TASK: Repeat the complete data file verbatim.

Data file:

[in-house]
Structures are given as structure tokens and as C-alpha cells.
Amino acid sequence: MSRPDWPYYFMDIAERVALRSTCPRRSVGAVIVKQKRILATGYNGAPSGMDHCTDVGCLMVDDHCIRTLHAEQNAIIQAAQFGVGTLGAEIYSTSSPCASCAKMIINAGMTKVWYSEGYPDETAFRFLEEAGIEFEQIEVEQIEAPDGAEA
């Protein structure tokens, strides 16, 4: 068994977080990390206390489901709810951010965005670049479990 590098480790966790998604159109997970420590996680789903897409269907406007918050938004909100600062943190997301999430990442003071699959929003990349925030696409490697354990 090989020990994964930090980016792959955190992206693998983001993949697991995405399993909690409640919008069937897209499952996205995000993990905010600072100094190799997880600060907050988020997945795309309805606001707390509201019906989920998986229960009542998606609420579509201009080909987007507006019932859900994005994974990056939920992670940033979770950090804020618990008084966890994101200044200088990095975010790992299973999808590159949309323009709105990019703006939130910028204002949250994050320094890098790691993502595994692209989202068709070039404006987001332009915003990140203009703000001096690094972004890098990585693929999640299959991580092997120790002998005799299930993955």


[in-house]
Structures are given as structure tokens and as C-alpha cells.
Amino acid sequence: MSRPDWPYYFMDIAERVALRSTCPRRSVGAVIVKQKRILATGYNGAPSGMDHCTDVGCLMVDDHCIRTLHAEQNAIIQAAQFGVGTLGAEIYSTSSPCASCAKMIINAGMTKVWYSEGYPDETAFRFLEEAGIEFEQIEVEQIEAPDGAEA
């Protein structure tokens, strides 16, 4: 068994977080990390206390489901709810951010965005670049479990 590098480790966790998604159109997970420590996680789903897409269907406007918050938004909100600062943190997301999430990442003071699959929003990349925030696409490697354990 090989020990994964930090980016792959955190992206693998983001993949697991995405399993909690409640919008069937897209499952996205995000993990905010600072100094190799997880600060907050988020997945795309309805606001707390509201019906989920998986229960009542998606609420579509201009080909987007507006019932859900994005994974990056939920992670940033979770950090804020618990008084966890994101200044200088990095975010790992299973999808590159949309323009709105990019703006939130910028204002949250994050320094890098790691993502595994692209989202068709070039404006987001332009915003990140203009703000001096690094972004890098990585693929999640299959991580092997120790002998005799299930993955």